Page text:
Interview: KNLA Out of Patience with NCA – Demands Government and Military Takes Civilian Concerns for the Removal of Troop and Army Bases Seriously

The Nationwide Ceasefire Agreement was flawed from its inception and its critics point out in five years it has produced nothing but frustration. Against this backdrop of constant failure, the Karen National Liberation Army has voiced its dissatisfaction about the NCA in an official statement.

On December 1, 2020, the Karen National Liberation Army (KNLA), the armed wing of the Karen National Union issued a statement expressing its impatience with the Nationwide Ceasefire Agreement inability to get anything done, especially military related matters.

In an exclusive interview with Brigadier General Tamala Thaw, the KNLA G1, explains why it was necessary to release a statement.

Q- Can you tell us what made the KNLA issue a statement?
A – Even though we have signed the NCA, there has been no implementation, particularly, of the NCA Chapter 3 and Article 25 of Chapter 6. None of these issues – ceasefire areas, deployment of troops, the common definition of some terms used in the NCA, and the avoidance of using the public spaces mentioned in the NCA as military outposts or encampments – these have never been discussed.
The lack of discussion of the interim period in the NCA Article 25 of Chapter 6 has led to a decline in trust. In the bilateral meeting of KNU and the Myanmar government in 2012, there was a KNLA proposal for the relocation of military bases from civilian areas and troop routes to be moved. We have been waiting for this to happen for more than eight years now, but so far no action has been taken, so it leaves us in a state of despair. This has been seen as giving the military a huge advantage in the ground – trust has now been further eroded.

Q – What are key issue stated in Chapter 3, Chapter 4 and Chapter 6 of Nationwide Ceasefire Agreement (NCA)?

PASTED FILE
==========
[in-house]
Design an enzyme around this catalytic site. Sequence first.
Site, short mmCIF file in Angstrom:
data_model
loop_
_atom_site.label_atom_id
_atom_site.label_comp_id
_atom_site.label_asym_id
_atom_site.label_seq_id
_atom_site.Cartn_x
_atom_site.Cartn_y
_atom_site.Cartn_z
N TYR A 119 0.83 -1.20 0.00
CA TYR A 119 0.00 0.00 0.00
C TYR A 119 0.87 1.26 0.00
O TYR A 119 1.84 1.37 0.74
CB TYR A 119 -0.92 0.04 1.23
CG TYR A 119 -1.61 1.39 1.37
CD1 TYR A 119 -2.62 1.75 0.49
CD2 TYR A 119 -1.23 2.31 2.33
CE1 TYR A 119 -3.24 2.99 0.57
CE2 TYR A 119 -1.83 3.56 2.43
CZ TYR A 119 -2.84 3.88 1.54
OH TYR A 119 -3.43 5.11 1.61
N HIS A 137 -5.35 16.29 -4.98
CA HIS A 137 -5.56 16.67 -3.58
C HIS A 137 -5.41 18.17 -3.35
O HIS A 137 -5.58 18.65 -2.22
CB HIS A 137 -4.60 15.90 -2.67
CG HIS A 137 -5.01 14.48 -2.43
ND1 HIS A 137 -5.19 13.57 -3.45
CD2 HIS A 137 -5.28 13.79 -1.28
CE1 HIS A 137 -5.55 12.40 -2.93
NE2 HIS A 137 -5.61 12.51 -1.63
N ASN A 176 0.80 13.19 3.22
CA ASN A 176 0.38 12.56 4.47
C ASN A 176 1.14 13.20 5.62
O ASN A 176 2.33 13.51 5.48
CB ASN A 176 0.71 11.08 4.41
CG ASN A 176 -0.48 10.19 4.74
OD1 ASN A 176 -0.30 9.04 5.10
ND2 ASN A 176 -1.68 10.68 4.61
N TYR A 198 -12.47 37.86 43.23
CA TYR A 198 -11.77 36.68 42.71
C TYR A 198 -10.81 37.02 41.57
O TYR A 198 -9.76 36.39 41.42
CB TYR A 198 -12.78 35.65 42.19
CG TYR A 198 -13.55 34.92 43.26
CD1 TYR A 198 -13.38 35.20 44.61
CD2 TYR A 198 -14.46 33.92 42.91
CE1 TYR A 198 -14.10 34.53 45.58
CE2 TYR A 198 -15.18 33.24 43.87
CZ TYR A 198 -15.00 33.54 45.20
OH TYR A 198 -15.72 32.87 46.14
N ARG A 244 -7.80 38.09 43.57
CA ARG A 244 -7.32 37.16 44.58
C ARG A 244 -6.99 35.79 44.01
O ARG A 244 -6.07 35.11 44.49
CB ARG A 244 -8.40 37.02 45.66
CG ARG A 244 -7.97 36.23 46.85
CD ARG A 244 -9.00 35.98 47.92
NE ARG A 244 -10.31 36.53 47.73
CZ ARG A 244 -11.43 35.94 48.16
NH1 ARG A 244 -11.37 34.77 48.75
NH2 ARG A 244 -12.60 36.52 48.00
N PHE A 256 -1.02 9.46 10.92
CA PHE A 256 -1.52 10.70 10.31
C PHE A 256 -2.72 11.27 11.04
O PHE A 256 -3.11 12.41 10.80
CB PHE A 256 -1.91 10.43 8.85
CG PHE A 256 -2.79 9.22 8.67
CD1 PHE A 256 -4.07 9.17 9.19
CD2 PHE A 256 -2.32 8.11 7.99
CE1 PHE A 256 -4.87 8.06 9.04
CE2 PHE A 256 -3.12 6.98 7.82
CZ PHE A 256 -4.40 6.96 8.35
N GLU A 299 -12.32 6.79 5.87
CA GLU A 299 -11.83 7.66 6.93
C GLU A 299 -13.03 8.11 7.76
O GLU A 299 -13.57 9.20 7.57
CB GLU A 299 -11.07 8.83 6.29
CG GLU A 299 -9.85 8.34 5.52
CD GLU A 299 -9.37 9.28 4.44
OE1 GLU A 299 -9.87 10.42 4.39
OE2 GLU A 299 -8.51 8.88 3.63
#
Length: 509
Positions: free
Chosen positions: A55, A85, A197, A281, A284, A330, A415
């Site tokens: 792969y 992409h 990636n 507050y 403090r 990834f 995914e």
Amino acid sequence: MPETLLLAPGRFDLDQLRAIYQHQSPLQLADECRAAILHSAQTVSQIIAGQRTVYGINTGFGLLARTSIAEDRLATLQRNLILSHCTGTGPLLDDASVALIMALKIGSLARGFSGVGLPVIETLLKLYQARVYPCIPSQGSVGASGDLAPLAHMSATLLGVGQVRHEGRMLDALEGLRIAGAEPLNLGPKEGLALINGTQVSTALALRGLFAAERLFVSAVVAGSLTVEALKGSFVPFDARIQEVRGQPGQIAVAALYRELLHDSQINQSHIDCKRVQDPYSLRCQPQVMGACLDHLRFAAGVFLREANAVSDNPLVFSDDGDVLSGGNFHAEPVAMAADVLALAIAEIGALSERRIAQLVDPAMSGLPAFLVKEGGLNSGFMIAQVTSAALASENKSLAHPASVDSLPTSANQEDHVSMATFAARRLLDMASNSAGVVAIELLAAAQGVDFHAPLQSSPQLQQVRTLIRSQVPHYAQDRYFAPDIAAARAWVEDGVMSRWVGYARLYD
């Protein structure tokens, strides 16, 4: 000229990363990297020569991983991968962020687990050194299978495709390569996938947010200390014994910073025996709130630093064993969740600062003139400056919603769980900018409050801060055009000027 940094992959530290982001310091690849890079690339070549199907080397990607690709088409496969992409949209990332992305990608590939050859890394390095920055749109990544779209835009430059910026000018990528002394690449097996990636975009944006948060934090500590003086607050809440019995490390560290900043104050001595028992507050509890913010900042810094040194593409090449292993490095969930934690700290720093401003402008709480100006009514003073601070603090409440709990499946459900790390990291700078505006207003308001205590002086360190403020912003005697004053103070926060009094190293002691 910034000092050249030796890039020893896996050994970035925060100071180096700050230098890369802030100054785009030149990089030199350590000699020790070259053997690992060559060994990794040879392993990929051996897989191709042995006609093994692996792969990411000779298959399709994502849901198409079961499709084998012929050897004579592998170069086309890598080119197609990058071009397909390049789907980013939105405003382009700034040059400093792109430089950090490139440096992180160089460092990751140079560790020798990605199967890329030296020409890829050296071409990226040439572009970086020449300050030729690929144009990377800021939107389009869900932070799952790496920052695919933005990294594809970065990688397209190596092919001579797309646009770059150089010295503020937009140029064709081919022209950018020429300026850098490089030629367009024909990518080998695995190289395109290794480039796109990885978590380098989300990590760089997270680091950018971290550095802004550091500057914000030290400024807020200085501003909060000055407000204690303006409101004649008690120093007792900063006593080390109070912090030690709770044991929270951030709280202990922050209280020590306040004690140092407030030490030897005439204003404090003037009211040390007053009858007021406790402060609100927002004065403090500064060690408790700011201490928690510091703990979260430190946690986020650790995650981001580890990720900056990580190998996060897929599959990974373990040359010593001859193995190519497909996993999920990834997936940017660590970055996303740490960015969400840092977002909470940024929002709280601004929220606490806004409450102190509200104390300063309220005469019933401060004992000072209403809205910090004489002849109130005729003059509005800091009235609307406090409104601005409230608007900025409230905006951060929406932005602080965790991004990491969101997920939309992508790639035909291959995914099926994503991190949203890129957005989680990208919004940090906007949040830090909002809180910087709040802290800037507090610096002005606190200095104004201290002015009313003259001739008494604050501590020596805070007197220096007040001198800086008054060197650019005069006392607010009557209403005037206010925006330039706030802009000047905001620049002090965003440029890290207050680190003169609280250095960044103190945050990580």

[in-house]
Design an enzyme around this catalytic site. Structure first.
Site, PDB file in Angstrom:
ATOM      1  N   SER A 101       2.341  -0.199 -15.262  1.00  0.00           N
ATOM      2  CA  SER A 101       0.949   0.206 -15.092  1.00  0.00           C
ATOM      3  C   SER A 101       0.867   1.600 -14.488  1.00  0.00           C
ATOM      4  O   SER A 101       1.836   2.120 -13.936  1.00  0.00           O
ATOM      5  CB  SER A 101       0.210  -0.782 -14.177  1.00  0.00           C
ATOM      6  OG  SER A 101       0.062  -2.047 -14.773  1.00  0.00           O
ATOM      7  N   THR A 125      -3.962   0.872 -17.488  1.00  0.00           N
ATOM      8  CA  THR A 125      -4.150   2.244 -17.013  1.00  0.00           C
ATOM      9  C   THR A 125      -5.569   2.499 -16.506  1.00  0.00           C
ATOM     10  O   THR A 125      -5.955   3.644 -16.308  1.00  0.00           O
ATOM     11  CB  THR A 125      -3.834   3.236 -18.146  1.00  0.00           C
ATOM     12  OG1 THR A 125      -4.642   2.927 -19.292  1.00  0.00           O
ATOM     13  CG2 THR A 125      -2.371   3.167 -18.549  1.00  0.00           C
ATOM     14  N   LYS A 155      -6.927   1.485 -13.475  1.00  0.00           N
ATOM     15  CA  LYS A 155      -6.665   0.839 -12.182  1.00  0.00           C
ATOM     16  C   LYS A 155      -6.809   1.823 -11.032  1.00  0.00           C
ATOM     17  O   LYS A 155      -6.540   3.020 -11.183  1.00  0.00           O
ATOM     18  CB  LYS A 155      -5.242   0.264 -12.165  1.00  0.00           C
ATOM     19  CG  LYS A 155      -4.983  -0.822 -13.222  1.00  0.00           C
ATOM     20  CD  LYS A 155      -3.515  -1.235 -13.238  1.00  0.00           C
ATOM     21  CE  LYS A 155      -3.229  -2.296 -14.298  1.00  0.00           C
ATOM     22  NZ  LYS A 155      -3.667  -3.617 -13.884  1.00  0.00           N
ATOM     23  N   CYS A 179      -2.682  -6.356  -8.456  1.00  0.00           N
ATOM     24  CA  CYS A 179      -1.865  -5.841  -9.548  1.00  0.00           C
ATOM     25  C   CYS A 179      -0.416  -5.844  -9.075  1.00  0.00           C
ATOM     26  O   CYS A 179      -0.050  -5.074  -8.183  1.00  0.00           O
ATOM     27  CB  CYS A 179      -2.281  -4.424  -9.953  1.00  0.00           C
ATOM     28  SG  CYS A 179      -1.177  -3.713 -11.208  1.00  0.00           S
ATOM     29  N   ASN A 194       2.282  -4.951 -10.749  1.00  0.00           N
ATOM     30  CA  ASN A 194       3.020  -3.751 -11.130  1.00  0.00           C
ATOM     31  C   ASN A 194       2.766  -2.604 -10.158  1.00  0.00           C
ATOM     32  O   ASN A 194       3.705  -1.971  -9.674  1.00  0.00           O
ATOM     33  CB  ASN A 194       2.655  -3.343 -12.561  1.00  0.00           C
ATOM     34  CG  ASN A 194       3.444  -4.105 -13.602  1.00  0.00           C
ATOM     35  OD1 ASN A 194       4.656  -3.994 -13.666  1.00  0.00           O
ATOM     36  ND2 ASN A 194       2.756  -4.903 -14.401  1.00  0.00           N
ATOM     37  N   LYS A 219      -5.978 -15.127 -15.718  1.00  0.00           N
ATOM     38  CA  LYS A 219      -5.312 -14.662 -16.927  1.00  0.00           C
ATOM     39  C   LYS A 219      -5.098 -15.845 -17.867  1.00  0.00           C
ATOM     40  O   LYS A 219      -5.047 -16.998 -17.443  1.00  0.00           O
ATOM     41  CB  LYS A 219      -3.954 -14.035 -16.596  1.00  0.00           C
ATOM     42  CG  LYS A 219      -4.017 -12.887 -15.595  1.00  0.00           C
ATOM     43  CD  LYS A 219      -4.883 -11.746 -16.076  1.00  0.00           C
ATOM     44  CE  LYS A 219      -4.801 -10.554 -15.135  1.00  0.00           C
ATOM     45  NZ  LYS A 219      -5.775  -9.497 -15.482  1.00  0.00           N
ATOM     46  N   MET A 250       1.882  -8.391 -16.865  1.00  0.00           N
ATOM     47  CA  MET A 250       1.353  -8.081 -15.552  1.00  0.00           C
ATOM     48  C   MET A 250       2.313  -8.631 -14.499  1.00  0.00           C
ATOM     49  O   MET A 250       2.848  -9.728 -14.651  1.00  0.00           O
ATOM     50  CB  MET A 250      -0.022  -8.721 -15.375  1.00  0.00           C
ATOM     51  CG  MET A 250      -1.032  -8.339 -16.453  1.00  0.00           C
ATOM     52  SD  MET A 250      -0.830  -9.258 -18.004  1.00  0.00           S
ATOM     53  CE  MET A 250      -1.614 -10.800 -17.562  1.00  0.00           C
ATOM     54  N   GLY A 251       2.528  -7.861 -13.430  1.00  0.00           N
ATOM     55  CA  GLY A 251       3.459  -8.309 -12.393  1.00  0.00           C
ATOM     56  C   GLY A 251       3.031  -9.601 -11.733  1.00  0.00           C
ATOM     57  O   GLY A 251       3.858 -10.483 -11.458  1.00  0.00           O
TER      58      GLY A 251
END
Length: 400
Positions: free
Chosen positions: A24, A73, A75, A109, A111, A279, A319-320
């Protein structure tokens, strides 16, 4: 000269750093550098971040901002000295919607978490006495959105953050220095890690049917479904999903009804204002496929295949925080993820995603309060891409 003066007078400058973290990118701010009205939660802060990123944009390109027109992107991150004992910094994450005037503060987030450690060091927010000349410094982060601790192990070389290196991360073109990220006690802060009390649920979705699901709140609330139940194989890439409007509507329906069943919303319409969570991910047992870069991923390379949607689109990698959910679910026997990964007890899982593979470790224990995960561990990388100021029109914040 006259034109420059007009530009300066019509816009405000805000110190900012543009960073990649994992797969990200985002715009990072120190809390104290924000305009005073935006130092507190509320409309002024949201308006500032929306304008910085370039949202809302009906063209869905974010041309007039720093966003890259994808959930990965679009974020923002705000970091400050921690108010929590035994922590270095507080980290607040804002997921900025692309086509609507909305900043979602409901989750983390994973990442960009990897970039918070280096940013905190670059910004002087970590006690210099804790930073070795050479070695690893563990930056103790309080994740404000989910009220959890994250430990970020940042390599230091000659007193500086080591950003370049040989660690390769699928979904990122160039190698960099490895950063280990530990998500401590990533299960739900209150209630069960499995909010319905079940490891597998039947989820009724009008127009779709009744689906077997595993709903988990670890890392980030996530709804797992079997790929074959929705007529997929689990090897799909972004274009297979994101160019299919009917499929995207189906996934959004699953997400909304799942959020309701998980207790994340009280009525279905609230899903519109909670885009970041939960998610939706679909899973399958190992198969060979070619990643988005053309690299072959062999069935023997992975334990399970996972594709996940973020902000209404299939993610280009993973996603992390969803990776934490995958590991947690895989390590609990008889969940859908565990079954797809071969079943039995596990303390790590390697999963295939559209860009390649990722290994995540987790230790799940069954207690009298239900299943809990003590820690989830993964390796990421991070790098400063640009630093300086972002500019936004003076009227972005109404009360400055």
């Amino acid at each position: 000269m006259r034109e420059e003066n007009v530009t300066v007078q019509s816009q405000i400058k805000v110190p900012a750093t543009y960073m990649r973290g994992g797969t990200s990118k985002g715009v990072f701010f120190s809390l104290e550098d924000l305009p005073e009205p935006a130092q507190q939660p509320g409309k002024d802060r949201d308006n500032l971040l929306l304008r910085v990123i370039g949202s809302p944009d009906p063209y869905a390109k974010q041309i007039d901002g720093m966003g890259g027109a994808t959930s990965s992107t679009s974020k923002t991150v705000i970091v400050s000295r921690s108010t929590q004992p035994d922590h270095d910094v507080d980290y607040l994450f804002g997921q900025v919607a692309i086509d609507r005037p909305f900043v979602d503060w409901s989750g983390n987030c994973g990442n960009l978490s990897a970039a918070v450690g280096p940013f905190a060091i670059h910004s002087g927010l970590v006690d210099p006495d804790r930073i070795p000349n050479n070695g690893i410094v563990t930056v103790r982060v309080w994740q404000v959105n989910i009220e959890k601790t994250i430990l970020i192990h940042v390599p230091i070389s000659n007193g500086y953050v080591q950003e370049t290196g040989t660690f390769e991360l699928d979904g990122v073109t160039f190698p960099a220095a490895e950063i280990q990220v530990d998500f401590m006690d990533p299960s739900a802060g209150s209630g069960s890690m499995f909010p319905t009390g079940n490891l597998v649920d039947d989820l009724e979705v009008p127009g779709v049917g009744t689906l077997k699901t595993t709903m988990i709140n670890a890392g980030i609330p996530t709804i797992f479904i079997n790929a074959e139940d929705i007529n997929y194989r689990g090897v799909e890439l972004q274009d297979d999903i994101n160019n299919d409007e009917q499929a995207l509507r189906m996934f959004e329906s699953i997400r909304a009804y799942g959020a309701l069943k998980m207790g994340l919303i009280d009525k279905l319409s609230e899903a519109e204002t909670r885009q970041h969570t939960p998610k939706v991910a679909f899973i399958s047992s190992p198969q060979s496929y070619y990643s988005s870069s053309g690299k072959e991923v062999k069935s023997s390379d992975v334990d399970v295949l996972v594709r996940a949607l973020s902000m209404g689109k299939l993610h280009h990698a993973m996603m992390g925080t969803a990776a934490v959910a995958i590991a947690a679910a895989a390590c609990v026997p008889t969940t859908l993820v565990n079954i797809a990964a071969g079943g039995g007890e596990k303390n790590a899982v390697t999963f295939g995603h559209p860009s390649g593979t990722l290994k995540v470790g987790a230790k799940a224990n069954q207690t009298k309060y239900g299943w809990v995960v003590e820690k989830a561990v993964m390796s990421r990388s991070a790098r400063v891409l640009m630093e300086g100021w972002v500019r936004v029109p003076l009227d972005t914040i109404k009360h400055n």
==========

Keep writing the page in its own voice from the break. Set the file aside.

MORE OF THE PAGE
A – The military issues are included in Chapter 3, the Joint Monitoring Committee (JMC) issues are included in Chapter 4 and the Interim Period issues are included in NCA Article 25 of Chapter 6.

Q – What has the JMC achieved since the signing of the NCA on October 15, 2015?
A – The JMC is supposed to mean joint monitoring. But in reality, it is like an institution. The Karen National Union considers the JMC as a Monitoring committee. But it seems that the Tatmadaw is using JMC as a Military Committee. The role of local civilian monitoring, including the CBO/CSO, to carry out the actual monitoring work is fading. Besides, the KNU feels that it is just a one-sided complaint mechanism that cannot carry out effective monitoring without any clearly set guidelines. The KNU wants the JMC to be reformed.

Q – The KNLA statement points out, rather than reducing its soldiers in ceasefire areas, the Burma Army has expanded its forces. Could you explain more about that?
A – In some places, Tatmadaw (Burma Army) increased their camps and its forces. For example, the forces under 8th Military Operations Command (MOC-8) in Thoo Mwe Hta of Manerplaw areas has almost doubled in size. Before the ceasefire there were only about 120 front-line troops in each [Burma Army] battalion – now there are around 200 soldiers in each battalion. As the number of forces increase, so does the number of military camps.